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I'm in the market for a cheap plug in hybrid. Right now its between the 2014 Ford Fusion Energi and the 2014 chevy volt. I know that the chevy volt is more efficient and a little cheaper but I just can't get over the center console/radio system. I know this may be an unpopular opinion but its honestly a deal breaker. I hate the glossy white with the tiny buttons and the strange controls.

My old car was a 2003 vw golf and I was able to install an aftermarket radio that included car play for about $300. I was wondering if anyones done anything similar with the volt. Could you replace the whole center console or just the radio? Is there an aftermarket console that retains all the important features of the oem console. Please help, I know it may sound crazy but this console is an absolute deal breaker for me.
 

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If the white center console bothers you why don't you get a Volt with the gray console?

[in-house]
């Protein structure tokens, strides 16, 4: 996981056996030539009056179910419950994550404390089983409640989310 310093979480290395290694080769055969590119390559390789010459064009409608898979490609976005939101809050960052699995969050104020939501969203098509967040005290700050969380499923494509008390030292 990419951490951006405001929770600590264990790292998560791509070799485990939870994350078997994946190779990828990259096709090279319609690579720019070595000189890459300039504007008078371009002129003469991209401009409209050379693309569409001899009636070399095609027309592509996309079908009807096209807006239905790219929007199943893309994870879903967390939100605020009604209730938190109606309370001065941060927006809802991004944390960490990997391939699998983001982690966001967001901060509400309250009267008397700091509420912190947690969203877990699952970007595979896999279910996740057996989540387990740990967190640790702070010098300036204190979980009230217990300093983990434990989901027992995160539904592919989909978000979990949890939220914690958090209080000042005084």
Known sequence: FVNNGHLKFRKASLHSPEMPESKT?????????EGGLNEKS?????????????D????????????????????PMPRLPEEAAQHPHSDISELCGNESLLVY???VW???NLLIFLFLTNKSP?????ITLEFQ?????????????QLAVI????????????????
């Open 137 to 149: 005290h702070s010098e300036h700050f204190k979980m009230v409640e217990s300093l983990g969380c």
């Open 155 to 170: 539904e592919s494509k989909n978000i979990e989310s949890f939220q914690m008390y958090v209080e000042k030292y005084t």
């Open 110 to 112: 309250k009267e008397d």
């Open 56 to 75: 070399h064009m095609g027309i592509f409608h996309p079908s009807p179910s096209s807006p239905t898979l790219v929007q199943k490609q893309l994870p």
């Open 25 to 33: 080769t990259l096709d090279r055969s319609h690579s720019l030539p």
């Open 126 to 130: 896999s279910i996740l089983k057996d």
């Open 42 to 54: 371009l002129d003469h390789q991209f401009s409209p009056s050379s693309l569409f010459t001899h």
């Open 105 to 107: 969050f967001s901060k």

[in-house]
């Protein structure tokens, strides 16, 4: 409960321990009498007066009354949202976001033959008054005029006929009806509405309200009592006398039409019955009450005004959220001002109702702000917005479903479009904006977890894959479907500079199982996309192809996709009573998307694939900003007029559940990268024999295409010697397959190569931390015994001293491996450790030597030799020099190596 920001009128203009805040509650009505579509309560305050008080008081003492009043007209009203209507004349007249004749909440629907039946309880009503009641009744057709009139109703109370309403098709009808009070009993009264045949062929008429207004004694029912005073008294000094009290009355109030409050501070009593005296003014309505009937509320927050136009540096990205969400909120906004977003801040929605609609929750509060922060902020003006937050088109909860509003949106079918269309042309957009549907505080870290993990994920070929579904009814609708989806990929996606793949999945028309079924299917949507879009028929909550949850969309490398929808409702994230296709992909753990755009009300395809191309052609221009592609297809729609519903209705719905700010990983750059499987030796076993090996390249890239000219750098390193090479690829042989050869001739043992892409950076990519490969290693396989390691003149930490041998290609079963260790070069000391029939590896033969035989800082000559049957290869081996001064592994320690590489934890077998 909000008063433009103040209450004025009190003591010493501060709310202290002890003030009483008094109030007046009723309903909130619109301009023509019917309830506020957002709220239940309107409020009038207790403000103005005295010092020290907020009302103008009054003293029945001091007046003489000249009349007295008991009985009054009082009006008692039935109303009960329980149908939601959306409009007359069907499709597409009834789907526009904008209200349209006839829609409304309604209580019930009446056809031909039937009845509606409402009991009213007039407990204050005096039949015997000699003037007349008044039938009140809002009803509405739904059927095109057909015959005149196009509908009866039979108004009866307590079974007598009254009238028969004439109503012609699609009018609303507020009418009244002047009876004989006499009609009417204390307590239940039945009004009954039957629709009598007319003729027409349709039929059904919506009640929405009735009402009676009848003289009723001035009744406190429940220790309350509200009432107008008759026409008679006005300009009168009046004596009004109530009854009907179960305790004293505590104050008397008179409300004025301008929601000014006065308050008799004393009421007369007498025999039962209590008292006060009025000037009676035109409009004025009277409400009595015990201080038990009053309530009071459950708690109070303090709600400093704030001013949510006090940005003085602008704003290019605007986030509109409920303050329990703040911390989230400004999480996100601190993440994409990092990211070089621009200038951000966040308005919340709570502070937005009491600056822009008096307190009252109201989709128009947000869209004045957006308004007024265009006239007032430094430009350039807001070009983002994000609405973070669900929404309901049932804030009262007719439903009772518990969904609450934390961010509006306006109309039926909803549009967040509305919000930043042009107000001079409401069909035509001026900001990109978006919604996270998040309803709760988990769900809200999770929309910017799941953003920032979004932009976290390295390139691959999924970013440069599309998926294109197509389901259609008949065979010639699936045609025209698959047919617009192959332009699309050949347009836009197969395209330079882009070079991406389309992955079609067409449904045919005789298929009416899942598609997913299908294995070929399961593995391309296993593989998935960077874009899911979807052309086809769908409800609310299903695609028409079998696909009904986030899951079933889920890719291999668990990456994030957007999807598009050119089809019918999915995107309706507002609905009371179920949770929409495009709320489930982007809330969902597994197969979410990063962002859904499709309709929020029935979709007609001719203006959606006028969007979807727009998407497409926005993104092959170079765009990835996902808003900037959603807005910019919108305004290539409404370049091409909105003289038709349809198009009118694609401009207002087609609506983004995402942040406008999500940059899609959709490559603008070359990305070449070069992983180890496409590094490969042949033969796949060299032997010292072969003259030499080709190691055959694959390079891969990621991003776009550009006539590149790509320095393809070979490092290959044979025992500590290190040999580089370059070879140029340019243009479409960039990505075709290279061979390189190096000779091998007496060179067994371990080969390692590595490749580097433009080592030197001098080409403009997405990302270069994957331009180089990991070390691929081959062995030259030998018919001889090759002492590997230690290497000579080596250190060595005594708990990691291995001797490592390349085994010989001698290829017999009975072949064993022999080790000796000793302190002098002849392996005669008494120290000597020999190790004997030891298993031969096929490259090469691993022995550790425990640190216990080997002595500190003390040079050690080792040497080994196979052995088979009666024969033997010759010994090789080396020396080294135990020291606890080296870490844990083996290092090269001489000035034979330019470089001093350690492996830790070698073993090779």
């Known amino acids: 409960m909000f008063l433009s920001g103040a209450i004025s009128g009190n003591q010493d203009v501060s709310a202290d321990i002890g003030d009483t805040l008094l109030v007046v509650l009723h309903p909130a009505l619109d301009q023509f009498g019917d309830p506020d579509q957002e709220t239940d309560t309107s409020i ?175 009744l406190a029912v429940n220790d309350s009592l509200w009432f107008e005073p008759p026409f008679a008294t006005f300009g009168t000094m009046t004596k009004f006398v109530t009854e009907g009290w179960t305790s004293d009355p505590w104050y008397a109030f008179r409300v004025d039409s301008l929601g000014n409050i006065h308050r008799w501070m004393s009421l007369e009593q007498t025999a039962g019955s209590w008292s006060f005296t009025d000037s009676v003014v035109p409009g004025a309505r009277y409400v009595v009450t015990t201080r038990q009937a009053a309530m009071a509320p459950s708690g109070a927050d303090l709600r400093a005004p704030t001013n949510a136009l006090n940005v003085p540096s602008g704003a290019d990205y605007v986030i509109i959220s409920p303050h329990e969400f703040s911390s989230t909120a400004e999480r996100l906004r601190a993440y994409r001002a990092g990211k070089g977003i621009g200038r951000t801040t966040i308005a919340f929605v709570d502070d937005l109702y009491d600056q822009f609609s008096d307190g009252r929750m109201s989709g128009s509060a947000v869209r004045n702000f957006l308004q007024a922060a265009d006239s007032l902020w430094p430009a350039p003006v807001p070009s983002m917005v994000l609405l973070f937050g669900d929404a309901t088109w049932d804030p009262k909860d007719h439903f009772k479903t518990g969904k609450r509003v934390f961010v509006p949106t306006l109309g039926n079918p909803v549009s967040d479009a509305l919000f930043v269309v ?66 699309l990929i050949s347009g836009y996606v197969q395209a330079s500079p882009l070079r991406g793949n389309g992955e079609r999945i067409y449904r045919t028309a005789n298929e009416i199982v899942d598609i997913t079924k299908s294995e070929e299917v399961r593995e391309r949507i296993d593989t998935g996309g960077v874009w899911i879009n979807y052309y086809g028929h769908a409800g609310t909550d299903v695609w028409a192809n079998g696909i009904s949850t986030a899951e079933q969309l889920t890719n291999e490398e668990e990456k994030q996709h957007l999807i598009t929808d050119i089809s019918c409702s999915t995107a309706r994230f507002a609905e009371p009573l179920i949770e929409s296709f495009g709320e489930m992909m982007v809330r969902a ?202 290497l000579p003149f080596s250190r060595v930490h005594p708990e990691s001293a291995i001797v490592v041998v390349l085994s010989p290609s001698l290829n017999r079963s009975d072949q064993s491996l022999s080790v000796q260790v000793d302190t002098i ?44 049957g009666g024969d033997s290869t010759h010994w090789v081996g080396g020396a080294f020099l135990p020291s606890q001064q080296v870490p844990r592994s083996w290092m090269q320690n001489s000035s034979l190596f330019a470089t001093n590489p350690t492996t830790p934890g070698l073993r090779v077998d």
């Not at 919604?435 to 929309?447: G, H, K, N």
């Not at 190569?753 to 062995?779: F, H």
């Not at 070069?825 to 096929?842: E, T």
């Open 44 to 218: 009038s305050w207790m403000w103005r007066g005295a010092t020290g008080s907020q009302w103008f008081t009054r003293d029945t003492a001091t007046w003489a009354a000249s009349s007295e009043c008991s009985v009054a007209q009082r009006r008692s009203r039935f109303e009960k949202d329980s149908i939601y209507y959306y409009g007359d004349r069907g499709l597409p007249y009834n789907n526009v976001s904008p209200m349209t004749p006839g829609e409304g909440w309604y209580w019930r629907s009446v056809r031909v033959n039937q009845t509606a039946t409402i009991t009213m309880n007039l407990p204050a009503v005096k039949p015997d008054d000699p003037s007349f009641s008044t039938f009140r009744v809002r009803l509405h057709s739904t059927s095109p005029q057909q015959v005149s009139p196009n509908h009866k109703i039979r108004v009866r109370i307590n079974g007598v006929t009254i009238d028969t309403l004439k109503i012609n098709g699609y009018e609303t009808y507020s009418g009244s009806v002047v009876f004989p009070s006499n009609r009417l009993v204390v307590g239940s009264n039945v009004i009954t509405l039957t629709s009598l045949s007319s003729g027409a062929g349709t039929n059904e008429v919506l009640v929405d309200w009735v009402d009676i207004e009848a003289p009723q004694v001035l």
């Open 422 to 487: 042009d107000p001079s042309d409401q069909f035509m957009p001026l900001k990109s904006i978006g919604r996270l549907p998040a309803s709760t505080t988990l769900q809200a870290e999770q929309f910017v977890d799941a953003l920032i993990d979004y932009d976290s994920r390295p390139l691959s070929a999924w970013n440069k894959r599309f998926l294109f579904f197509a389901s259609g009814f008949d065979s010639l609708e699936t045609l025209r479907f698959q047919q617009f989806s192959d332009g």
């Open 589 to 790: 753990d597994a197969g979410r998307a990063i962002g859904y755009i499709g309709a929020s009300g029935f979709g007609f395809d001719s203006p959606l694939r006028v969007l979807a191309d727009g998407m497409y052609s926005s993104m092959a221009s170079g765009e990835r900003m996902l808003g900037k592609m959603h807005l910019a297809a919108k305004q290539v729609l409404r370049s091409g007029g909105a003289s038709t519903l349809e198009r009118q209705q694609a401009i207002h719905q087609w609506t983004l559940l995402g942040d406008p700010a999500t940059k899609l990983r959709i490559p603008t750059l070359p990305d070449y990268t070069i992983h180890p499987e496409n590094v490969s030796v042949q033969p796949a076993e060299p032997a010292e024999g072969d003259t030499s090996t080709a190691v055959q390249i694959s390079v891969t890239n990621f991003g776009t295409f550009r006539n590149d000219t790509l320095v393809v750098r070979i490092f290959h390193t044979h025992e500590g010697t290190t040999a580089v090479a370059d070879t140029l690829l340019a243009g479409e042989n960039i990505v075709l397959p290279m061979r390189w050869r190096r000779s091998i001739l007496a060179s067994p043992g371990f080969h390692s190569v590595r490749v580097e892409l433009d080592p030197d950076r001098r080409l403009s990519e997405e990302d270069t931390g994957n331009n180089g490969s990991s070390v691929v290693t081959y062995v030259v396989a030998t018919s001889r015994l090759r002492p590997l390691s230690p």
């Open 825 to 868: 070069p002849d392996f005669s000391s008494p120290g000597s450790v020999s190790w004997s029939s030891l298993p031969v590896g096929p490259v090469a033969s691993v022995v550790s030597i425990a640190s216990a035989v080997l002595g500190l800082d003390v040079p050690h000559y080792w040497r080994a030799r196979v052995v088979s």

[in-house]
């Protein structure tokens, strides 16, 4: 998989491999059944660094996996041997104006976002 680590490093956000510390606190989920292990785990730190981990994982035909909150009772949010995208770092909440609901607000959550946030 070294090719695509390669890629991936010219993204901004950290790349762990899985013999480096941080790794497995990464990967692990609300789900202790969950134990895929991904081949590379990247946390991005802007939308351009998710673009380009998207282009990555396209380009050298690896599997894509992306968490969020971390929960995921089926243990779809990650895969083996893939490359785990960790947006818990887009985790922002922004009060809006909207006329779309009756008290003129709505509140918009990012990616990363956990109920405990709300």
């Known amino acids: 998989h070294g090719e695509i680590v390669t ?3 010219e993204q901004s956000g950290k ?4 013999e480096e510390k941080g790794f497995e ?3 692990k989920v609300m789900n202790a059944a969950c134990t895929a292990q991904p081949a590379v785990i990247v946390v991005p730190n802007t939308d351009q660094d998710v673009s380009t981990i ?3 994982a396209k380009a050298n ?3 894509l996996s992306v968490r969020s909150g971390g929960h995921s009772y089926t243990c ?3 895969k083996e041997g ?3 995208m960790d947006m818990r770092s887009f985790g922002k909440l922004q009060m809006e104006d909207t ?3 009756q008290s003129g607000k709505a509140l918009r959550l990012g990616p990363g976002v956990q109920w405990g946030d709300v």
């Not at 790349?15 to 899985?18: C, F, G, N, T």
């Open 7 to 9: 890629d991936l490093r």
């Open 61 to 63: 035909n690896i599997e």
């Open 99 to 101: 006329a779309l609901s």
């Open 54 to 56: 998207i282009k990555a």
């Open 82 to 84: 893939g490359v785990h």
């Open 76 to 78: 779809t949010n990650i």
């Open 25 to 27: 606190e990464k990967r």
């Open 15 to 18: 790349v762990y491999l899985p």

Like this?
2012-chevrolet-volt-5dr-hb-dashboard_100374562_m.jpg
 

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Replacing the OEM radio is probably not possible, or at least, not practical. Ask me how I know...

The main obstacle is that the climate controls are integrated into the factory radio. I figured I could live without just about everything that the factory touchscreen does, except that there is no way to gain control of some of the climate settings without the touchscreen. This is why I say that it’s “probably not possible” to replace the unit, though I did succeed in adding a second radio to my car.

About a year ago, I added a Pioneer SPH-DA120 to my 2011 Volt, and although I am satisfied with the result, I don't think I'd do it again if given the chance. It was a lot of work, and I doubt I could have paid anyone to do it for me, so it was a labor of love - and determination!